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Canadian Historic Sites: Occasional Papers in Archaeology and History No. 21

The First Contingent:
The North-West Mounted Police, 1873-74

by Philip Goldring


The North-West Mounted Police force was created in 1873 to provide a buffer between the native population of the plains and the incoming settlers from Ontario and elsewhere. Its earliest efforts were to be directed against American-based whisky traders, whose operations in Canada's remote unsettled lands were threatening the welfare of the natives and mocking the Dominion's sovereignty over lands it could not police. The first administrative headquarters of the North-West Mounted Police was Lower Fort Garry, a Hudson's Bay Company post of declining commercial importance in Manitoba. There the first contingent of 150 men received basic training and the weaknesses caused by hasty recruitment of inexperienced men were ironed out over the winter of 1873-74. At Lower Fort Garry plans were made to outfit the force for its long march to the foothills of the Rockies. In June 1874 the first contingent moved south to join at Fort Dufferin, Manitoba, the second contingent, which had been trained in Toronto.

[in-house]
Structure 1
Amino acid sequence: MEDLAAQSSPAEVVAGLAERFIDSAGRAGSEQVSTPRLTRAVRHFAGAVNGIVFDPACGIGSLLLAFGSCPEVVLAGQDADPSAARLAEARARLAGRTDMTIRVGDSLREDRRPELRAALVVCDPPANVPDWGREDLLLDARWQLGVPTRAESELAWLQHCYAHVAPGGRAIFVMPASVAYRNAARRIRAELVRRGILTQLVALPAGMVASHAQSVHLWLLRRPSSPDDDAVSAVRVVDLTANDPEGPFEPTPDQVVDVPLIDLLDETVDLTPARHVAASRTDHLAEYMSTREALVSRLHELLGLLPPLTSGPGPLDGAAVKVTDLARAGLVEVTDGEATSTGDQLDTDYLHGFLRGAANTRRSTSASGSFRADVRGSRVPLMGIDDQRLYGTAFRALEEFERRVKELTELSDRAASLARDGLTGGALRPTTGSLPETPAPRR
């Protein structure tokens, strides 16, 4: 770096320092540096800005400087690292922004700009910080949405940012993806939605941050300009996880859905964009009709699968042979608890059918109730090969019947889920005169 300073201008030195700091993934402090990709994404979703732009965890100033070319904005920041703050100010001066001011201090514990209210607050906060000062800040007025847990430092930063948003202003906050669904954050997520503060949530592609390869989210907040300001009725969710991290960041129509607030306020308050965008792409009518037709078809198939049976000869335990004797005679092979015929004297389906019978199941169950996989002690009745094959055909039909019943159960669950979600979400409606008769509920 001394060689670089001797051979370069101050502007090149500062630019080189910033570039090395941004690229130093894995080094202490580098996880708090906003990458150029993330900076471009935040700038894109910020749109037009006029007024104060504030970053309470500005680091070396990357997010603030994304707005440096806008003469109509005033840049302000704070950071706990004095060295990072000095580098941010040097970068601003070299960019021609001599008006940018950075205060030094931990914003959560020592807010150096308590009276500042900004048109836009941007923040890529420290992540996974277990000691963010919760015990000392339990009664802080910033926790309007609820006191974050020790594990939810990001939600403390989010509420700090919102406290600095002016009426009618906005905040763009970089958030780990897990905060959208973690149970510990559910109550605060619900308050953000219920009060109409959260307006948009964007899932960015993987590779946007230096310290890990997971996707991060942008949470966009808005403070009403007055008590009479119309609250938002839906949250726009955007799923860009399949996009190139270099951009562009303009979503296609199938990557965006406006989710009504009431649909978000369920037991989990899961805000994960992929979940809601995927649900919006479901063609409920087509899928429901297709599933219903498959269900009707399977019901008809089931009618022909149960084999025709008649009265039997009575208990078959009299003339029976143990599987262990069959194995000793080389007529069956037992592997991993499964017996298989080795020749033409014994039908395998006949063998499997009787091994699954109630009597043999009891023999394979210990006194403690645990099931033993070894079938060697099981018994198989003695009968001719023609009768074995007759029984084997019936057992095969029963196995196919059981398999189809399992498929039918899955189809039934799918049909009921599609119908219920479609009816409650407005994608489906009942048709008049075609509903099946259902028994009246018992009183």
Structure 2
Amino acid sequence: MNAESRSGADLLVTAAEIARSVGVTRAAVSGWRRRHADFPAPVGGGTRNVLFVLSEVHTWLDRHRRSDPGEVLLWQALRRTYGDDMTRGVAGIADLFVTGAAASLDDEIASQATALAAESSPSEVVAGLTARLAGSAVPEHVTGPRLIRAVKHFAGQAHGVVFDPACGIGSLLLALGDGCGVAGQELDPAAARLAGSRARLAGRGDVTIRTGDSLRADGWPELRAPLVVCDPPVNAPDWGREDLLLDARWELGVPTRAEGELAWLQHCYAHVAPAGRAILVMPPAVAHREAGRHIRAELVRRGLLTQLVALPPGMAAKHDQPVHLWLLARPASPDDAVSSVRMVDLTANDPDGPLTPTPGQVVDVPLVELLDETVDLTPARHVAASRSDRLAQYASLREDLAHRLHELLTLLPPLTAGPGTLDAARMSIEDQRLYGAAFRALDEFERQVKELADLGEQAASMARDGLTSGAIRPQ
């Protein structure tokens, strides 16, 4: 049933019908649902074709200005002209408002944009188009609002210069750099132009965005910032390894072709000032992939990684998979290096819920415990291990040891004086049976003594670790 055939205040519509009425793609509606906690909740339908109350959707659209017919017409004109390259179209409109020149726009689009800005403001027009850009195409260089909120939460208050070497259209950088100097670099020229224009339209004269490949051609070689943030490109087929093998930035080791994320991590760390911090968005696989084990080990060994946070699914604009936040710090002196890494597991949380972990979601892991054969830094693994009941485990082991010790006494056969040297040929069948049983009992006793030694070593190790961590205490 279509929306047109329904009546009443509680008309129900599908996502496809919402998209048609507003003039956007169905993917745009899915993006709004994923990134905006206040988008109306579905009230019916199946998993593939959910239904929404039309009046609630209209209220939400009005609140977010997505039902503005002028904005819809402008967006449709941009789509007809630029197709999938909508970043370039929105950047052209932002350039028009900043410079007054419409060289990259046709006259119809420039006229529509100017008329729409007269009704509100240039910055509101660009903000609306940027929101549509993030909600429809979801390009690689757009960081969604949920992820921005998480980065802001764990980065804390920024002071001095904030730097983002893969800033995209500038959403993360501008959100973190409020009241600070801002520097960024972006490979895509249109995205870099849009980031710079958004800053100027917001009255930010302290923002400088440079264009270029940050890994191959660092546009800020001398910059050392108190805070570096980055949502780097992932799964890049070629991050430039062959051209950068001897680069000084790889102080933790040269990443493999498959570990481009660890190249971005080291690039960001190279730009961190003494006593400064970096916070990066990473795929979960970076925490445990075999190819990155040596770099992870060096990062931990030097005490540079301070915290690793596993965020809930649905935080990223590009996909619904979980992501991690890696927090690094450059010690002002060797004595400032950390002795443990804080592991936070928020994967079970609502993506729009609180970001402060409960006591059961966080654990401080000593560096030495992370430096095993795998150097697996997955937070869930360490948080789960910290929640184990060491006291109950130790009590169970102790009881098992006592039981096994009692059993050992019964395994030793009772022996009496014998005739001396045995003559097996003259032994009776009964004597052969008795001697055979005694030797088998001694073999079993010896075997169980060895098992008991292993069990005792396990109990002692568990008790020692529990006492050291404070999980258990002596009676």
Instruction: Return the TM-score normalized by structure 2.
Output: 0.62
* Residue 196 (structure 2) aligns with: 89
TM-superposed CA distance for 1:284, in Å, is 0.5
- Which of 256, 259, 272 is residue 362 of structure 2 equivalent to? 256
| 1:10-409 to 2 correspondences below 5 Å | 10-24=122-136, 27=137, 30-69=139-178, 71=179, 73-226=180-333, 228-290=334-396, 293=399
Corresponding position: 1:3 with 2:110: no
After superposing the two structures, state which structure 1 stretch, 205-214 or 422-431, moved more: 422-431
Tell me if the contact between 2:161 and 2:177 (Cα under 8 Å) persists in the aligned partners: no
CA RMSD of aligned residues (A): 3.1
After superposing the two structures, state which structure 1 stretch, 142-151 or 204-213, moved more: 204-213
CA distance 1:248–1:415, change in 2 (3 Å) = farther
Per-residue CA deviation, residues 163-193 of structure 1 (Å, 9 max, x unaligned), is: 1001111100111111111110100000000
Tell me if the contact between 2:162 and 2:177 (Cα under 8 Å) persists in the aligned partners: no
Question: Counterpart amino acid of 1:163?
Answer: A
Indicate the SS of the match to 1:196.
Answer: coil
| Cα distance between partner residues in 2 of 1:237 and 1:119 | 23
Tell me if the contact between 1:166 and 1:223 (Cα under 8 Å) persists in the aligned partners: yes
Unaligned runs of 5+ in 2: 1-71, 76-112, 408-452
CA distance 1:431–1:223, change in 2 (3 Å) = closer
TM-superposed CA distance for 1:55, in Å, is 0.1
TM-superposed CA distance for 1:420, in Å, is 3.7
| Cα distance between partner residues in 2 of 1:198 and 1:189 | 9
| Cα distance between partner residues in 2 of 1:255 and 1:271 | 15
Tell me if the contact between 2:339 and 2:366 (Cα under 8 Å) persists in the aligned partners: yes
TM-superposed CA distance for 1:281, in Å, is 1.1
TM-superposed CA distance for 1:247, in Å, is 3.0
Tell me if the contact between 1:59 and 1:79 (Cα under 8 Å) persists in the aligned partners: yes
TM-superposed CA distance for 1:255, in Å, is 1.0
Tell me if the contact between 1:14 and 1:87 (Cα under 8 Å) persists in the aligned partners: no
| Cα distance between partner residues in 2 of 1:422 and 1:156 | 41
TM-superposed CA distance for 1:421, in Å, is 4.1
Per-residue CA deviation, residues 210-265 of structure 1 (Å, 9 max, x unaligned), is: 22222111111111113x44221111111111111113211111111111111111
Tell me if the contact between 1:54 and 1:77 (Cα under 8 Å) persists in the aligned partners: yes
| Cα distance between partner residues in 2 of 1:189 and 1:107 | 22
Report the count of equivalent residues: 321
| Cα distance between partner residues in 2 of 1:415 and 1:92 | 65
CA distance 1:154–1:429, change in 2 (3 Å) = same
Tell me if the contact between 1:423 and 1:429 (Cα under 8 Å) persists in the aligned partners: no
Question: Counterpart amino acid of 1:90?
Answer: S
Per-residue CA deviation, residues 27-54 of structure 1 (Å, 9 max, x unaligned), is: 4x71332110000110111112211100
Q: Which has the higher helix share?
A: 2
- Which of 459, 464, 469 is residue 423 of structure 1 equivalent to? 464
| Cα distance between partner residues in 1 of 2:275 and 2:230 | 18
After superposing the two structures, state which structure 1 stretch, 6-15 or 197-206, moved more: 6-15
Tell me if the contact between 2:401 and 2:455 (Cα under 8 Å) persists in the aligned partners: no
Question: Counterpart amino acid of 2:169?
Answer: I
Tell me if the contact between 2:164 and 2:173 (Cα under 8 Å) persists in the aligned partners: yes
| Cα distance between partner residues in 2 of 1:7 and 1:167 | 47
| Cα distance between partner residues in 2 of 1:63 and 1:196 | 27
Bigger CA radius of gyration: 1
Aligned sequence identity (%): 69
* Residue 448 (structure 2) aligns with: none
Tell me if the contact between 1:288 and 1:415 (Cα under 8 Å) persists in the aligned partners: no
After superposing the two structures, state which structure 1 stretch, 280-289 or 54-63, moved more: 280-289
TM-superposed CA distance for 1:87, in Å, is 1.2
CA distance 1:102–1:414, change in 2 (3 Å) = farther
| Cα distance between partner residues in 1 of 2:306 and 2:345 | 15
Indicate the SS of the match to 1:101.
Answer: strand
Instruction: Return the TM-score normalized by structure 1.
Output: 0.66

This work has profitted from the help and advice of the staffs of the Public Records Division, Public Archives of Canada, and of the Provincial Archives of Manitoba. Grateful acknowledgement is made to the Hudson's Bay Company for permission to quote from documents in their archives. Mr. S.W. Horrall, official historian of the Royal Canadian Mounted Police, gave valuable assistance at several stages of the project of which this report forms a part. Responsibility of interpretations and for possible shortcomings remains, as usual, with the author.

Submitted for publication 1972, by Philip Goldring, National Historic Parks and Site Branch, Ottawa.

Originally published in
Canadian Historic Sites: Occasional Papers in Archaeology and History No. 21
©Minister of Supply and Services Canada, 1979

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